No, this phenomenal woman still sees only the areas where she could have been better: the victories she hasn’t won surpass Margaret Court’s record of 24 Grand Slam titles. (It should be noted that Court won before the modern “open era” which began in 1968.)

“From my point of view, I should have had more than 30 Grand Slams. I had my chances after I returned from giving birth. I went from a cesarean section to a second pulmonary embolism to a Grand Slam final. Slam. I played while breastfeeding. I played through postpartum depression. But I didn’t make it. But I showed up 23 times, and that’s okay. In fact, it’s amazing Williams said in her essay, adding that she has no regrets about starting a family on building her tennis resume.

It’s this unabashed pursuit of excellence and warrior spirit – on and off the field – that has endeared Williams so much.

Her childbirth story is familiar among black women I know, who often cite inadequate medical care by medical professionals who ignored warning signs during pregnancy.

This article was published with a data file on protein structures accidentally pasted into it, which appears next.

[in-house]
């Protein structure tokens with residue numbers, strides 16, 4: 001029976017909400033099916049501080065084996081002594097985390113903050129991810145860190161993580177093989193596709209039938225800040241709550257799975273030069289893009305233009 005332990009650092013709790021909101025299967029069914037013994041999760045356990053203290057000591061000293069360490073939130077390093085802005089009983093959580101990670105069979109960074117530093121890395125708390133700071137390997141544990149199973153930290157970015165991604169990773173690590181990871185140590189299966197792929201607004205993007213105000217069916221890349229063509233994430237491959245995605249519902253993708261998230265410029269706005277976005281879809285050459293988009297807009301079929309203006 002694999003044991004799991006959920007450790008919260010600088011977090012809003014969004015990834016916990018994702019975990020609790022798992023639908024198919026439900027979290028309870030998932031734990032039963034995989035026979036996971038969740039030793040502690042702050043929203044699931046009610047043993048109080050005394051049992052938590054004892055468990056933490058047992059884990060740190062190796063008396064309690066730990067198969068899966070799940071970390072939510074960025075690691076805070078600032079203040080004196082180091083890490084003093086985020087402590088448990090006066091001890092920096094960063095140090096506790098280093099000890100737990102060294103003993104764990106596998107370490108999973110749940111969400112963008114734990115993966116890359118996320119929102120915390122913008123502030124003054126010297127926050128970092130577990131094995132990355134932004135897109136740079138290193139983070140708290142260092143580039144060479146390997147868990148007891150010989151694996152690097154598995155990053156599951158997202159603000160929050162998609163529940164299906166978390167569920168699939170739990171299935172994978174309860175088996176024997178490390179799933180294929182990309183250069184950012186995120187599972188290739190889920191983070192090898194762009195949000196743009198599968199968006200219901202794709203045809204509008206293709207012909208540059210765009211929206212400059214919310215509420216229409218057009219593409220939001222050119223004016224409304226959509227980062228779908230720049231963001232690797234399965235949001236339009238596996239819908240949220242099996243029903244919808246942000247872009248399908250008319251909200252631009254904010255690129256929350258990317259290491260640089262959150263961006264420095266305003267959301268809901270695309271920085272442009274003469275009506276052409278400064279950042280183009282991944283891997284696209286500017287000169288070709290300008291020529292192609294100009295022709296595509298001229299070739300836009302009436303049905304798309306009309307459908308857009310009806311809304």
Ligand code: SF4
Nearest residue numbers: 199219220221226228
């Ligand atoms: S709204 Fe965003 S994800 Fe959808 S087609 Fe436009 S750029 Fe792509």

Maternal morbidity rates in the United States are among the worst in the world among wealthy countries, especially for black, Native American, and rural women. So much so that recently President Joe Biden launched a federal initiative to examine how racism, housing policy, policing, climate change and pollution affect maternal death rates.

Williams felt that if she were a man, she would have had a longer career, free to pursue more championships. She could have been a Tom Brady, she said. It’s a painful toll when women admit that their career goals will be cut short solely because of their gender.

My dream was to become president of ESPN or run a sports media company. Mid-career, after a meteoric rise, countless awards and recording many “firsts”, I had to admit that my aim was overdone. In fact, no woman in the company — no matter her leadership skills, motherhood, or experience — was going to become president of the sports media giant. Not then, not today.

I keep hope for this day, but leaving is a gesture that I have never regretted.

Williams and women who dare to go out into the world as they please are my superheroes.

She has grown the game of tennis immeasurably. She redefined the female power game, garnered record TV ratings and revenue growth, won equal pay (along with her sister Venus), a battle that began with King. Williams ushered in a new generation of ferocious power-hitters — and made it safer for them to present themselves as authentic selves.

Serena Williams came, she saw and she won.

And I can’t wait to see what she does next.